Entry level interviews

At entry level, everything looks difficult, or potentially difficult, particularly interviews. Not the case. The real issue is practical, not theoretical. Entry level jobs are about getting the right people, just like other interviews.

The only real difference is you have to deal with proving your capabilities in another way, and the pitch to the interviewers has to be different.

A few basic points:

Do not underestimate the level of difficulty in any entry level interview. It's not that easy to get good entry level jobs, because they're highly competitive, and you're dealing with professional criteria.

You have to convince professionals in your field you're the right person. That's not easy either, and you'll find that they know their people as well as they know their work. In any profession, people know who's a good new starter and who isn't, usually from a lot of prior experience.

You need to be well organized for your interview. Nobody's expecting Einstein, but the more competently you present your information, the better. It's a great relief for any employer to know a new entry level position is being given to someone who has the act together.

Don't get casual or lazy about answers to questions. It looks like you're not trying, or not taking the interview seriously, and that is universally fatal. Develop a bit of healthy paranoia about this facet of the interview.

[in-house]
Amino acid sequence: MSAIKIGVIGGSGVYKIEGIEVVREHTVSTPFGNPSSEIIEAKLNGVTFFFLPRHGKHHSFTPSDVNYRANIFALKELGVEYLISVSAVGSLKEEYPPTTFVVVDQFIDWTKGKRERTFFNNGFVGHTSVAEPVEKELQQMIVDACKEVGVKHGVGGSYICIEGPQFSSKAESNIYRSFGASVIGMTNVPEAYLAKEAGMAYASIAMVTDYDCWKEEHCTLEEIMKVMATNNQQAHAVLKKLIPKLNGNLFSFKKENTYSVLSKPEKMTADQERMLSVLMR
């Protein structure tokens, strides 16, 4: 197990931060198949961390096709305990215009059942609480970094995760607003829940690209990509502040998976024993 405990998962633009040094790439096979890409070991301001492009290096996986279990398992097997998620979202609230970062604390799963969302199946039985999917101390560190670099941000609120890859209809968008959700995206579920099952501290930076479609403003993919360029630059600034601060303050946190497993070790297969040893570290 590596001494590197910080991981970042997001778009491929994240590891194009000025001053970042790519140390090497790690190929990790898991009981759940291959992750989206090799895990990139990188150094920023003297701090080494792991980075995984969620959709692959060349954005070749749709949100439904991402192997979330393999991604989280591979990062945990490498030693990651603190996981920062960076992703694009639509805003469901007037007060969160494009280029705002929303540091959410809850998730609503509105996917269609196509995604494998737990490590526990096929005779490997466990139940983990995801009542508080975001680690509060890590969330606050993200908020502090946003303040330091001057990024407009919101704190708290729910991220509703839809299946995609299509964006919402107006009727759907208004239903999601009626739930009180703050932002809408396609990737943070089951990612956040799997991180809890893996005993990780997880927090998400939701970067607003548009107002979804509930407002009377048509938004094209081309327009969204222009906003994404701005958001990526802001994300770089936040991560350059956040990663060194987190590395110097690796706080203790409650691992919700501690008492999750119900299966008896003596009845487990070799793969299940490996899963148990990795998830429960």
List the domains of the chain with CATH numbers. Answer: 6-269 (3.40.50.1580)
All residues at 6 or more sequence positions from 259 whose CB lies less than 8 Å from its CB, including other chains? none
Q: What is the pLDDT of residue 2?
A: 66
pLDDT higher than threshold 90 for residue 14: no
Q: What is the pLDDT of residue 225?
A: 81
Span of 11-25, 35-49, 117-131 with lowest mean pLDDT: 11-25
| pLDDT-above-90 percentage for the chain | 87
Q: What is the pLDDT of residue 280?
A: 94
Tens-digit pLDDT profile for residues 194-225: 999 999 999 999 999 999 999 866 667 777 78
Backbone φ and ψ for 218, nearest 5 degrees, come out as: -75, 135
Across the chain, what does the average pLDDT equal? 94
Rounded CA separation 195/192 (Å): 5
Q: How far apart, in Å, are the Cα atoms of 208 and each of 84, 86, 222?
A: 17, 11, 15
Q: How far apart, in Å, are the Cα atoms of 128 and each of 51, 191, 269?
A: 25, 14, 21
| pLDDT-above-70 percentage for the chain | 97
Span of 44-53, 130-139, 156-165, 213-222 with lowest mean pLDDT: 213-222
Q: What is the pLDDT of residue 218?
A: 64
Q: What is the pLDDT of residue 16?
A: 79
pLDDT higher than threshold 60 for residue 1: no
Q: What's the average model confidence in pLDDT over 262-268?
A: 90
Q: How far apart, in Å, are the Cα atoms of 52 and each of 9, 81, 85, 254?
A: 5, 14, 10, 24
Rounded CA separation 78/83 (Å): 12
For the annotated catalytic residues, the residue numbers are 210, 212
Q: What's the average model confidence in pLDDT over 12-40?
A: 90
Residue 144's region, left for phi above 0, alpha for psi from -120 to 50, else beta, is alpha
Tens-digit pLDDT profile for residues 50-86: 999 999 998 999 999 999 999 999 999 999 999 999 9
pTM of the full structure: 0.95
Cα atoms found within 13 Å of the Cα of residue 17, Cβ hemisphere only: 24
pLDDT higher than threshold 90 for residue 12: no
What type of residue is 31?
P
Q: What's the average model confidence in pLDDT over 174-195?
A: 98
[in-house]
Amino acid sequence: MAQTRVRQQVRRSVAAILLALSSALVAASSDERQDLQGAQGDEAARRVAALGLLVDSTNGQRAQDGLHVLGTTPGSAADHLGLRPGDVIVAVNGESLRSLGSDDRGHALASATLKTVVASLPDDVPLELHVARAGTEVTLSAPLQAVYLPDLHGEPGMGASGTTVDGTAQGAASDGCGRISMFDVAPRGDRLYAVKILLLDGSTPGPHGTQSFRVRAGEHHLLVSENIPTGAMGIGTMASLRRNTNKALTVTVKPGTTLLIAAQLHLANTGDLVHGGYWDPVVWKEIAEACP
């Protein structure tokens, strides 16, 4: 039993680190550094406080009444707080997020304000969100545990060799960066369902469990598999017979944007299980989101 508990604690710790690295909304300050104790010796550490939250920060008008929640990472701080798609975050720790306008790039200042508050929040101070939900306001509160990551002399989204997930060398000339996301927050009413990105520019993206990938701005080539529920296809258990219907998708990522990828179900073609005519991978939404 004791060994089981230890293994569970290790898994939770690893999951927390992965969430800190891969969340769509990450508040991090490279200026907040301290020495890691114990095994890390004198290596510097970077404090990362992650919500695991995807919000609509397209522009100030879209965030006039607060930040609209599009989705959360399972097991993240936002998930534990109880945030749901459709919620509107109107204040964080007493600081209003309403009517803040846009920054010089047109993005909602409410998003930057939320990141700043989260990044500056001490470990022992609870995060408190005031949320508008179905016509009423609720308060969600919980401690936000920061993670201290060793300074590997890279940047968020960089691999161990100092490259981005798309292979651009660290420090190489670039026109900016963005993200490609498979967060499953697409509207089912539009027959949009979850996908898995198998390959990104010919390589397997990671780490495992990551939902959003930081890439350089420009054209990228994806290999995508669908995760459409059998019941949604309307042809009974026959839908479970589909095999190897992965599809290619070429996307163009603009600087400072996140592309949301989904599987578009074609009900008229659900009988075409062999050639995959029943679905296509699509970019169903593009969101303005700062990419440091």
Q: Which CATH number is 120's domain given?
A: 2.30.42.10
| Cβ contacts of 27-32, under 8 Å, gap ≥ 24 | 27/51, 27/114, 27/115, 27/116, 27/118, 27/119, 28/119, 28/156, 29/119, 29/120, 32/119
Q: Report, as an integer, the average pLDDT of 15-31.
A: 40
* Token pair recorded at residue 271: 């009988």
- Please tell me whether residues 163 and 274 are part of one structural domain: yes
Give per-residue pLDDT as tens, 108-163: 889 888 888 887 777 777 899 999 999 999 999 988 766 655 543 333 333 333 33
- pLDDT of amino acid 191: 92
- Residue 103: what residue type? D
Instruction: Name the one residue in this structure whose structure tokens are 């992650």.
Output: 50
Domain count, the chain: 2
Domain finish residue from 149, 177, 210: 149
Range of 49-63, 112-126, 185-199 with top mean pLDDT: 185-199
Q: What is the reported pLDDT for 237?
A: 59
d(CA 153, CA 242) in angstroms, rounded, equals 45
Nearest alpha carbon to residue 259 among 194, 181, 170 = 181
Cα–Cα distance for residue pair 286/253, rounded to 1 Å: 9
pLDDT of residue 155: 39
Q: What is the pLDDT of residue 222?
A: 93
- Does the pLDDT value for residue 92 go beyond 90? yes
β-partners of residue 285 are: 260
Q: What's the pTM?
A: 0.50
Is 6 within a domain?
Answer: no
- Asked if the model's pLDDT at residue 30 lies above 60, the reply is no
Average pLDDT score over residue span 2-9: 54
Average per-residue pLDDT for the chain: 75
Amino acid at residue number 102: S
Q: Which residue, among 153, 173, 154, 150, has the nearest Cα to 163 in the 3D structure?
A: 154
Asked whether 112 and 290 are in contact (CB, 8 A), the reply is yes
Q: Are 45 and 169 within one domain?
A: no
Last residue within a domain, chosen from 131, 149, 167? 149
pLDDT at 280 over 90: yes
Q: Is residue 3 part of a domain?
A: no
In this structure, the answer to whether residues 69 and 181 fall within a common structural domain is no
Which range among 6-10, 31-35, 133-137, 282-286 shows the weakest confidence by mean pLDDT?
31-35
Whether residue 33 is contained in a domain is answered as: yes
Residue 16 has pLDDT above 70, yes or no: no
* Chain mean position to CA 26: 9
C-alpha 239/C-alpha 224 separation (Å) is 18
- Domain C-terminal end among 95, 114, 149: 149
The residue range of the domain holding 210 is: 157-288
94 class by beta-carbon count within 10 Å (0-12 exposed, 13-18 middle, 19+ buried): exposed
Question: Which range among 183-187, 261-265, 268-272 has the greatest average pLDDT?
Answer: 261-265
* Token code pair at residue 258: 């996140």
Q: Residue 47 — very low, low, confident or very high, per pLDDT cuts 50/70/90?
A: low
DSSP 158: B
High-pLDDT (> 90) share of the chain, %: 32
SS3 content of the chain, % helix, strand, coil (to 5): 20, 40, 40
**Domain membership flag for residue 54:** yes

Stick to the point, and make sure you answer a question effectively. Babble doesn't help. Stay on topic, always. Don't distract yourself in the middle of an answer, and don't add to answers unless you're adding value to them.

The main difference between entry level applicants is presentation and quality of information. Most have pretty much the same level of qualifications and other credentials. The sad fact is that some good people tend to sabotage their own interviews simply by getting messy in their responses. The job goes to a lesser applicant, simply because the lesser applicant keeps their feet out of their mouth.